Joseph B. Zychinski and Marie H. Zychinski, Appellants, v. Commissioner of Internal Revenue, of Henry J. Richter, Deceased, et al., Appellants, v. Commissioner of Internal Revenue, Appellee, 506 F.2d 637 (8th Cir. 1974)

Annotate this Case
U.S. Court of Appeals for the Eighth Circuit - 506 F.2d 637 (8th Cir. 1974)

Submitted Sept. 13, 1974. Decided Nov. 25, 1974, Rehearing and Rehearing En BancDenied Dec. 17, 1974

Harvey G. Schneider, St. Louis, Mo., for appellants.

George G. Wolf, Atty., Tax. Div., Dept. of Justice, Washington, D.C., for appellee.

Before GIBSON, Chief Judge, BRIGHT, Circuit Judge, and TALBOT SMITH,*  Senior District Judge.

TALBOT SMITH, Senior District Judge.

These appeals are taken from judgments of the United States Tax Court assessing tax deficiencies against the taxpayers of some $1,300 in No. 74-1180 and some $125,000 in No. 74-1181. The facts are not in dispute and are set out in more detail in the opinion of the tax court.1  The issue presented involves the interpretation of Int.Rev.Code of 1954, 1372(e) (5), relating to the termination of a corporation's 'subchapter S' status.2  In 1966 and 1967 Henry J. Richter & Company, Inc. (hereinafter the Company) reported net operating losses which it attempted to pass through to its shareholders, the taxpayers here, under subchapter S. The Commissioner argued and the tax court held, however, that the Company's subchapter S status had terminated under Int.Rev.Code of 1954, 1372(e) (5) since in 1966 more than twenty percent of its 'gross receipts' were 'passive investment income,' to-wit: gains from the 'sales or exchanges of stock or securities.'As applicable to the years in question 1372(e) (5) provided:


(A) Except as provided in subparagraph (B) (not applicable here), an election under subsection (a) made by a small business corporation shall terminate if, for any taxable year of the corporation for which the election is in effect, such corporation has gross receipts more than 20 percent of which is passive investment income. Such termination shall be effective for the taxable year of the corporation in which it has gross receipts of such amount, and for all succeeding taxable years of the corporation.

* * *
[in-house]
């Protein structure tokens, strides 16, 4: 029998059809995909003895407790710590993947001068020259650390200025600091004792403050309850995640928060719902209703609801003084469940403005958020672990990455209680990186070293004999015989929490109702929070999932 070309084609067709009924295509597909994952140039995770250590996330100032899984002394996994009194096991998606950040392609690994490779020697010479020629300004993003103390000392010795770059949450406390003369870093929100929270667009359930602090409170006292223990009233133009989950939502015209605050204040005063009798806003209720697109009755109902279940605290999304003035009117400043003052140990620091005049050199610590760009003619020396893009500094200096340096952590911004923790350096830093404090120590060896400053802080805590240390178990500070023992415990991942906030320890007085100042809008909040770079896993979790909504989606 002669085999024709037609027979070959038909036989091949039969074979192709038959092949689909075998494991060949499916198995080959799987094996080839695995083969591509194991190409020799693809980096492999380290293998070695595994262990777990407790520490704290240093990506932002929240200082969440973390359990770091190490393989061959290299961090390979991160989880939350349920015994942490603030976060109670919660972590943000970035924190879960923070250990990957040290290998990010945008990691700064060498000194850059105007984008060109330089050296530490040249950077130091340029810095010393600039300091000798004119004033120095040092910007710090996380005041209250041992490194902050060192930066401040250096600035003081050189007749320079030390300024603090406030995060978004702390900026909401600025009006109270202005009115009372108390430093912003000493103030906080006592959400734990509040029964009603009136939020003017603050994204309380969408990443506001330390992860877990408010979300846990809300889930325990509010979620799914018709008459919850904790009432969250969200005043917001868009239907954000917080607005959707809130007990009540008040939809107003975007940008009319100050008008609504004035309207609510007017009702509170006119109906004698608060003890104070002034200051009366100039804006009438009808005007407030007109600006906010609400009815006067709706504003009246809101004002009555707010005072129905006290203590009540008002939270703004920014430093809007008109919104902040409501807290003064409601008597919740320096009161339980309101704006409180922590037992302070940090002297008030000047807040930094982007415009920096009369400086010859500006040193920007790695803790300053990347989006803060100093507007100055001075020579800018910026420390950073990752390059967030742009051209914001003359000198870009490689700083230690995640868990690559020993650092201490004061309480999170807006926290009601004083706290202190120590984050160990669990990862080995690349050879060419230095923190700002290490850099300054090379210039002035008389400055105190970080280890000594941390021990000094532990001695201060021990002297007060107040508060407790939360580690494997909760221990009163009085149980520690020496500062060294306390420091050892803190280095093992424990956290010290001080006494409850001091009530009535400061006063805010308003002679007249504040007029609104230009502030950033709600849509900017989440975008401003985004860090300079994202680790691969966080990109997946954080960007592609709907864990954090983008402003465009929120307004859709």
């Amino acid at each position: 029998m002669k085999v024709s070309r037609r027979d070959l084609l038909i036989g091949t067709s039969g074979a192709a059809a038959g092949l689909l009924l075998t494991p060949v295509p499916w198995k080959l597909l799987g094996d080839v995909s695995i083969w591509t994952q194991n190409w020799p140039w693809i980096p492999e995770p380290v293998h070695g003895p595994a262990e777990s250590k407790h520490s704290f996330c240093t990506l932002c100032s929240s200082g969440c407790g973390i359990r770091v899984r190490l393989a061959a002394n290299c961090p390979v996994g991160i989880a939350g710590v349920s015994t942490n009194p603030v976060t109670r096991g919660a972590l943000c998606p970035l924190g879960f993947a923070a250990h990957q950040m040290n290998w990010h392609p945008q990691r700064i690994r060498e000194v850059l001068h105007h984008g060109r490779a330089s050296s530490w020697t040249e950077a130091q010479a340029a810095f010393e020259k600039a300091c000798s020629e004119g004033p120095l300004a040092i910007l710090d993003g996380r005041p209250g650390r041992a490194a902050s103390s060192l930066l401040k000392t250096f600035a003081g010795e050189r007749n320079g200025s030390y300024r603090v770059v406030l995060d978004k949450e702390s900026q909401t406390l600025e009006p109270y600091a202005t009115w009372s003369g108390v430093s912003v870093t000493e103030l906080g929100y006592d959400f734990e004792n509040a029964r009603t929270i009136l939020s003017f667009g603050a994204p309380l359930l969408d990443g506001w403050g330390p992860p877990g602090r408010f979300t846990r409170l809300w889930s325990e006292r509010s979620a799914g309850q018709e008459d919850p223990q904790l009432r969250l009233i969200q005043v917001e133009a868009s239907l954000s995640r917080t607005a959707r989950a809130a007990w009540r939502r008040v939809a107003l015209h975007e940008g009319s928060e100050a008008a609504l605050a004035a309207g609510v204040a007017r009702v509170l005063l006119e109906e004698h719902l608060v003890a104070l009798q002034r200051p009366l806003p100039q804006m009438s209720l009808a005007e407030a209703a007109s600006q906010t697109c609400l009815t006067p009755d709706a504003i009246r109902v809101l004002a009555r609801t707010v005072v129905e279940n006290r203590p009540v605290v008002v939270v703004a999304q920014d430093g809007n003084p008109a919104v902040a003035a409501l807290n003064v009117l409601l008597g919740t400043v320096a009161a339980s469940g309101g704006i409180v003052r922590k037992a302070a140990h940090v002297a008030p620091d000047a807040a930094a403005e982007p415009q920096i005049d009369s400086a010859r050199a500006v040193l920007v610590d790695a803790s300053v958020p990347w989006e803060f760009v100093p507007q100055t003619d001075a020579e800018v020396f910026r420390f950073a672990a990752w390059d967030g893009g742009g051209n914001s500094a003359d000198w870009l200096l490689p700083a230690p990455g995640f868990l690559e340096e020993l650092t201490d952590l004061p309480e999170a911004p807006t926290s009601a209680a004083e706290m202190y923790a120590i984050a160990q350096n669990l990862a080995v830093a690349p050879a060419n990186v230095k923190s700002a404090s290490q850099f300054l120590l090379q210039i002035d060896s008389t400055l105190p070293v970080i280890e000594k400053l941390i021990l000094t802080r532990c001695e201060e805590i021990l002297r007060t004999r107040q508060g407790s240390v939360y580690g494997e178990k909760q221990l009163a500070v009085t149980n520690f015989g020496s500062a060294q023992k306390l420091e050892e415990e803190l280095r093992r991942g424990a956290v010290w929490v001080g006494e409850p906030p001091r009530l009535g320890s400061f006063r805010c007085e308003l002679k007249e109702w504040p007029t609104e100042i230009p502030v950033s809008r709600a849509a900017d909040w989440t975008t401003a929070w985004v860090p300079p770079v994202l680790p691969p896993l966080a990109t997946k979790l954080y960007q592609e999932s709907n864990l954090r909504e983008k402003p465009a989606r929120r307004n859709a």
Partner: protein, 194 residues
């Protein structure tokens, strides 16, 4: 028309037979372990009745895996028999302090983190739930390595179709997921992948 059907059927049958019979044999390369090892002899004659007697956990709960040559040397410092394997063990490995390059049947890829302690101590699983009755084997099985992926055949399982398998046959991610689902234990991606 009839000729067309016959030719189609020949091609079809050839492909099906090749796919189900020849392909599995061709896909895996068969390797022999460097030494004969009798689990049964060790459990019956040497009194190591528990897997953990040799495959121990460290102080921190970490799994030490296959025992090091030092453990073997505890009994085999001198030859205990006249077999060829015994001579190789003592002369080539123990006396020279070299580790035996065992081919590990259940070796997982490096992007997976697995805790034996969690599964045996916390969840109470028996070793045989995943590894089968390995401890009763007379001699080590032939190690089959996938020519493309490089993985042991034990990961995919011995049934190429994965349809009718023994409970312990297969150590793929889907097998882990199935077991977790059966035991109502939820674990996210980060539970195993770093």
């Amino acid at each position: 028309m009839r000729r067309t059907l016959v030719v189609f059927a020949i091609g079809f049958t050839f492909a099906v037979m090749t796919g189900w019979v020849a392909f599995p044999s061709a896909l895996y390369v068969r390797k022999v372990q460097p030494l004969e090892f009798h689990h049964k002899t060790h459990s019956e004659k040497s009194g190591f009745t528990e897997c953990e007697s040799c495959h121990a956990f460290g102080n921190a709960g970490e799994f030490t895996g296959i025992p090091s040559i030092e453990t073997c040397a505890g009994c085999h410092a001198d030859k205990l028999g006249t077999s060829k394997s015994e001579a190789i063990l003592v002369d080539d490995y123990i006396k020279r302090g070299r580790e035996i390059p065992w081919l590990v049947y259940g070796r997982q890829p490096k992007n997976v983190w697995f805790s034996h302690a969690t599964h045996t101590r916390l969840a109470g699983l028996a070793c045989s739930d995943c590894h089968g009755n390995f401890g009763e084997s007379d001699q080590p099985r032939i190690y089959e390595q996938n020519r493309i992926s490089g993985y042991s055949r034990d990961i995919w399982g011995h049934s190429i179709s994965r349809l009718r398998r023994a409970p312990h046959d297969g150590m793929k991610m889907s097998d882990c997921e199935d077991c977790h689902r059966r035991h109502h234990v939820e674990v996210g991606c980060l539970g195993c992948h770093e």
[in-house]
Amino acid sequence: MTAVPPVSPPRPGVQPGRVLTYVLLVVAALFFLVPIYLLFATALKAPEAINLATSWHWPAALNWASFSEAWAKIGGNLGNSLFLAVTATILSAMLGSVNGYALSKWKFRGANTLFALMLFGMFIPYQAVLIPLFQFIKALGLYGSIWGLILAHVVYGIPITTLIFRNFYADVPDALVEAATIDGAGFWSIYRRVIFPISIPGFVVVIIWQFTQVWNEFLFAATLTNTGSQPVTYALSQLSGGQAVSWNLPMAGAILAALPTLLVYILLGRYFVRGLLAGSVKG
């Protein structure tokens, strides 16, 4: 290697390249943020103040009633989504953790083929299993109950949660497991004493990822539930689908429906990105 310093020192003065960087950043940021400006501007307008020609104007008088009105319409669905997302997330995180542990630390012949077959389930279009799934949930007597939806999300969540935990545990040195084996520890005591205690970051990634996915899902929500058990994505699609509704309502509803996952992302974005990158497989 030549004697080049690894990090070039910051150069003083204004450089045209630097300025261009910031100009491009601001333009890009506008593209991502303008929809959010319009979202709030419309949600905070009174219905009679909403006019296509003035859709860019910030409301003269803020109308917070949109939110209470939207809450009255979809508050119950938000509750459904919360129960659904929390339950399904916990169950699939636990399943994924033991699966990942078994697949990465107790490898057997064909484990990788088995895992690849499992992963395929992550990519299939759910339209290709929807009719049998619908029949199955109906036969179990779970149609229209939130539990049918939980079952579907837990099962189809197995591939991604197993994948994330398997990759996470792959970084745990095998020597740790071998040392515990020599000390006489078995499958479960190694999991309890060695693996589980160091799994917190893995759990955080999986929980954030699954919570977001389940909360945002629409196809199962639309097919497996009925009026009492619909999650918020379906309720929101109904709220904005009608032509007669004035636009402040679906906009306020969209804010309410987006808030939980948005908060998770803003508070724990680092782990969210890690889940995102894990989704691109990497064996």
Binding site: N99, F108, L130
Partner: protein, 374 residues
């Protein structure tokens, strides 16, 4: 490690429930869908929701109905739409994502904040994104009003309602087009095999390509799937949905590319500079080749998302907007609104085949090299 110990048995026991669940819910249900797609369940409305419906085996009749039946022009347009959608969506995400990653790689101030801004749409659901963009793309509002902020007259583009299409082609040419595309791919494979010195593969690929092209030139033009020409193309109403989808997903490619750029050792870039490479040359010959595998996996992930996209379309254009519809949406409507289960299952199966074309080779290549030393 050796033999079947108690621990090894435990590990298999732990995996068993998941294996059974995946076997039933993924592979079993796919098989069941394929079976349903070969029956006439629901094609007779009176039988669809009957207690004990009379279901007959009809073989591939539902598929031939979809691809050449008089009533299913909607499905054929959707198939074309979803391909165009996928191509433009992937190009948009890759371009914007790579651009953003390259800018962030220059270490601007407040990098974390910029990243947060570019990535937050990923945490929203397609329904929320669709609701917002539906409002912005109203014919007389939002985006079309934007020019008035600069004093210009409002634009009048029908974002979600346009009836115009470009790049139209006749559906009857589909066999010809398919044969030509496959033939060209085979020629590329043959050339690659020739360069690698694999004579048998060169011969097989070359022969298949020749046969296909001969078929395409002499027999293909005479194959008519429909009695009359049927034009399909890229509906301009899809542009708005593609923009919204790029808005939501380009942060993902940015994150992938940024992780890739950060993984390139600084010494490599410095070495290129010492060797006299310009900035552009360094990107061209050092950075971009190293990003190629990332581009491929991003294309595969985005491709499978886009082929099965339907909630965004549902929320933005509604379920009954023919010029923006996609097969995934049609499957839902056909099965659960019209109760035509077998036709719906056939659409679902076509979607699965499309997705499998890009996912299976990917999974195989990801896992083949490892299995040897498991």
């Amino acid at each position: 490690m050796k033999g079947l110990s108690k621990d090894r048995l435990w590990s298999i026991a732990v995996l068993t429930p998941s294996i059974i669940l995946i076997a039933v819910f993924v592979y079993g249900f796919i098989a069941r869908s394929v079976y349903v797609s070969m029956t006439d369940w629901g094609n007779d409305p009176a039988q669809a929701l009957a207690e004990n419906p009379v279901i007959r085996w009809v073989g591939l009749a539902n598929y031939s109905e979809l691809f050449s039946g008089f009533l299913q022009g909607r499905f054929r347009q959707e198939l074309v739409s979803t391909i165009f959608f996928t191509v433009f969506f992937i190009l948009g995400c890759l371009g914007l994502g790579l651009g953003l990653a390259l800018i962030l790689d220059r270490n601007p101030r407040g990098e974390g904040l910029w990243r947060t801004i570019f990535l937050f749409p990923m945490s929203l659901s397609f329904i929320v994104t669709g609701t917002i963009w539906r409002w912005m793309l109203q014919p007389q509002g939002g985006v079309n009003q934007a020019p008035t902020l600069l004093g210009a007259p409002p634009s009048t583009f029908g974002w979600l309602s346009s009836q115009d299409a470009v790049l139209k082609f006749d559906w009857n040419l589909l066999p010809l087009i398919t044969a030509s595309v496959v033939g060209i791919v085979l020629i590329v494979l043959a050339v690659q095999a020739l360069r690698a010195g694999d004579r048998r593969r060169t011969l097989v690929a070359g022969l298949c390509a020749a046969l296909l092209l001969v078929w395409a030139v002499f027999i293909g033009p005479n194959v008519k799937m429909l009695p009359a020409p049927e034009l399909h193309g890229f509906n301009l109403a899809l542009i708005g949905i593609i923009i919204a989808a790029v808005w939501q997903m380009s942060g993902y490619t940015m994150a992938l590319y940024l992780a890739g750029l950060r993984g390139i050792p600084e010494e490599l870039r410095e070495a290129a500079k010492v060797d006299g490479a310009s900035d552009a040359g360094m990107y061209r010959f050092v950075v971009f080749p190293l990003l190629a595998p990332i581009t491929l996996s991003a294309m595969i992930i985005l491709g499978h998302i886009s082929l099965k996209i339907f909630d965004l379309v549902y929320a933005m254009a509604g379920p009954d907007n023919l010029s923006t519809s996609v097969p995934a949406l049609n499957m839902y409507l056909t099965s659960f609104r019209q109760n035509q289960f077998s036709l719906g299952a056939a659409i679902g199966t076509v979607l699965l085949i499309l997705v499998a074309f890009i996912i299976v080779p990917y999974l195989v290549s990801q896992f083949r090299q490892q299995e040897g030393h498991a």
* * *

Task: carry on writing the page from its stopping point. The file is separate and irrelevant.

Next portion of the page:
(C) For purposes of this paragraph, the term 'passive investment income' means gross receipts derived from royalties, rents, dividends, interest, annuities, and sales or exchanges of stock or securities (gross receipts from such sales or exchanges being taken into account for purposes of this paragraph only to the extent to gains therefrom).

Taxpayers do not dispute that well over twenty percent of the Company's gross receipts were gains from the sales or exchanges of stock or securities.3  They contend, however, that such was not 'passive investment income' within the meaning of the statute. The thrust of their argument is that since the Company was a securities dealer 'actively' engaged in the business of trading stocks from and for its 'inventory,' such gain was neither 'passive' nor 'investment' income.

The difficulty with taxpayers' position, as the Commissioner points out, is that they are 'attempting to define colloquially a term which is already defined statutorily.' To determine the meaning of 'passive investment income' as used in 1372(e) (5) (A) our reference is directly to the definitional language in 1372(e) (5) (C):4 

(C) For purposes of this paragraph, the term 'passive investment income' means gross receipts derived from royalties, rents, dividends, interest, annuities, and sales or exchanges of stock or securities (gross receipts from such sales or exchanges being taken into account for purposes of this paragraph only to the extent of gains therefrom).

We find no ambiguity in the language 'gross receipts derived from * * * sales or exchanges of stocks or securities' that would justify resort to the commonly understood meaning of 'passive investment income' for clarification. Even if such ambiguity existed, we cannot say that the Commissioner's interpretation, promulgated by regulation,5  is 'unreasonable and plainly inconsistent' with the statute.6  As succinctly stated by the tax court in Buhler Mortgage Co. v. Commissioner, 51 T.C. 971 (1969), aff'd per curiam, 443 F.2d 1362 (9th Cir. 1971):

The standard used by the Code and regulations does not permit us to look behind the normal characterization of a corporation's receipts in order to classify them as active or passive. * * * We conclude that the test established is one which requires us to look only to the plain meaning of the words used to define the income, not to the activity required to produce it. 51 T.C. at 977-978.7